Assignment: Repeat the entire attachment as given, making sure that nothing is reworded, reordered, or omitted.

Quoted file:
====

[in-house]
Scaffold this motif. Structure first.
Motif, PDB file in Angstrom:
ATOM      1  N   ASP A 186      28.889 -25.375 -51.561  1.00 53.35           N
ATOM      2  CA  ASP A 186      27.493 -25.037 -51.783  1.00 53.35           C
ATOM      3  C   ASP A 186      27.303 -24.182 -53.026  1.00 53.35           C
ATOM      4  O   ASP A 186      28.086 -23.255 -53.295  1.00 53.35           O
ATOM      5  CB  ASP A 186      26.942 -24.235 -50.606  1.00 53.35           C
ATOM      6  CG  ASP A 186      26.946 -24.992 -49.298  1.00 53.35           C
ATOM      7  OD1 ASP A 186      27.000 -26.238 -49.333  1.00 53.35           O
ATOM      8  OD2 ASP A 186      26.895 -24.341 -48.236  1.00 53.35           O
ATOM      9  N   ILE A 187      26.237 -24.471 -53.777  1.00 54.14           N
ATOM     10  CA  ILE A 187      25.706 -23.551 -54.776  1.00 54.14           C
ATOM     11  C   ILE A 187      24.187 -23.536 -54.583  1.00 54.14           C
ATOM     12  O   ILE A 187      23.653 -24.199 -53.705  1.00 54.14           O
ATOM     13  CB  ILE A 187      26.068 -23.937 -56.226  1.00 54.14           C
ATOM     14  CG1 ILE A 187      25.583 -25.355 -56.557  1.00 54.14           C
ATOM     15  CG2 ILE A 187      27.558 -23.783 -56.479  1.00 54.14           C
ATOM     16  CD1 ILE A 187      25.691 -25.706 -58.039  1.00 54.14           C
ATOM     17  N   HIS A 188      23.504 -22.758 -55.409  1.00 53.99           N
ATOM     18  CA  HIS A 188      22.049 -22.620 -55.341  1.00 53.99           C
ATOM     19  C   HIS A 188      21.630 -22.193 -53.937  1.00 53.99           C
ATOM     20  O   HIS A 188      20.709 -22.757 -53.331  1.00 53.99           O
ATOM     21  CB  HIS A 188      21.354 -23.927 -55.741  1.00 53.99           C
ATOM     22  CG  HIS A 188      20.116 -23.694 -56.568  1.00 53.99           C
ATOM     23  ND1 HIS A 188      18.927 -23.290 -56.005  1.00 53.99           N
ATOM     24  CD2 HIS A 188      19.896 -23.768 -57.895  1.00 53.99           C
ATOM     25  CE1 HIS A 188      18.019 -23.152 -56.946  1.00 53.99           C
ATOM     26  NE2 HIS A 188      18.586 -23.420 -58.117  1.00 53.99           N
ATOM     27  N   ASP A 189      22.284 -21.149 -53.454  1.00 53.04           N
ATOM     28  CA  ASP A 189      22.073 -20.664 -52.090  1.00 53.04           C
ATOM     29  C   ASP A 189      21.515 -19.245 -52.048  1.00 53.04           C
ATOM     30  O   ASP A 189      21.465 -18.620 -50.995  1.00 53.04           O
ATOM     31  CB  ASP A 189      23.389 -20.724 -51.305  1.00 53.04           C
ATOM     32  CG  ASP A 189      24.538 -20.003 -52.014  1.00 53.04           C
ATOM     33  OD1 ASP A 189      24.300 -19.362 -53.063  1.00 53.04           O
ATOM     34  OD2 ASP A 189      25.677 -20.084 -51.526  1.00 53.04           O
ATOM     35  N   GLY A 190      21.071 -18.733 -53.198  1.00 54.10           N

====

[in-house]
Scaffold this motif. Structure first.
Motif, PDB file in Angstrom:
ATOM      1  N   ASP A 186      28.889 -25.375 -51.561  1.00 53.35           N
ATOM      2  CA  ASP A 186      27.493 -25.037 -51.783  1.00 53.35           C
ATOM      3  C   ASP A 186      27.303 -24.182 -53.026  1.00 53.35           C
ATOM      4  O   ASP A 186      28.086 -23.255 -53.295  1.00 53.35           O
ATOM      5  CB  ASP A 186      26.942 -24.235 -50.606  1.00 53.35           C
ATOM      6  CG  ASP A 186      26.946 -24.992 -49.298  1.00 53.35           C
ATOM      7  OD1 ASP A 186      27.000 -26.238 -49.333  1.00 53.35           O
ATOM      8  OD2 ASP A 186      26.895 -24.341 -48.236  1.00 53.35           O
ATOM      9  N   ILE A 187      26.237 -24.471 -53.777  1.00 54.14           N
ATOM     10  CA  ILE A 187      25.706 -23.551 -54.776  1.00 54.14           C
ATOM     11  C   ILE A 187      24.187 -23.536 -54.583  1.00 54.14           C
ATOM     12  O   ILE A 187      23.653 -24.199 -53.705  1.00 54.14           O
ATOM     13  CB  ILE A 187      26.068 -23.937 -56.226  1.00 54.14           C
ATOM     14  CG1 ILE A 187      25.583 -25.355 -56.557  1.00 54.14           C
ATOM     15  CG2 ILE A 187      27.558 -23.783 -56.479  1.00 54.14           C
ATOM     16  CD1 ILE A 187      25.691 -25.706 -58.039  1.00 54.14           C
ATOM     17  N   HIS A 188      23.504 -22.758 -55.409  1.00 53.99           N
ATOM     18  CA  HIS A 188      22.049 -22.620 -55.341  1.00 53.99           C
ATOM     19  C   HIS A 188      21.630 -22.193 -53.937  1.00 53.99           C
ATOM     20  O   HIS A 188      20.709 -22.757 -53.331  1.00 53.99           O
ATOM     21  CB  HIS A 188      21.354 -23.927 -55.741  1.00 53.99           C
ATOM     22  CG  HIS A 188      20.116 -23.694 -56.568  1.00 53.99           C
ATOM     23  ND1 HIS A 188      18.927 -23.290 -56.005  1.00 53.99           N
ATOM     24  CD2 HIS A 188      19.896 -23.768 -57.895  1.00 53.99           C
ATOM     25  CE1 HIS A 188      18.019 -23.152 -56.946  1.00 53.99           C
ATOM     26  NE2 HIS A 188      18.586 -23.420 -58.117  1.00 53.99           N
ATOM     27  N   ASP A 189      22.284 -21.149 -53.454  1.00 53.04           N
ATOM     28  CA  ASP A 189      22.073 -20.664 -52.090  1.00 53.04           C
ATOM     29  C   ASP A 189      21.515 -19.245 -52.048  1.00 53.04           C
ATOM     30  O   ASP A 189      21.465 -18.620 -50.995  1.00 53.04           O
ATOM     31  CB  ASP A 189      23.389 -20.724 -51.305  1.00 53.04           C
ATOM     32  CG  ASP A 189      24.538 -20.003 -52.014  1.00 53.04           C
ATOM     33  OD1 ASP A 189      24.300 -19.362 -53.063  1.00 53.04           O
ATOM     34  OD2 ASP A 189      25.677 -20.084 -51.526  1.00 53.04           O
ATOM     35  N   GLY A 190      21.071 -18.733 -53.198  1.00 54.10           N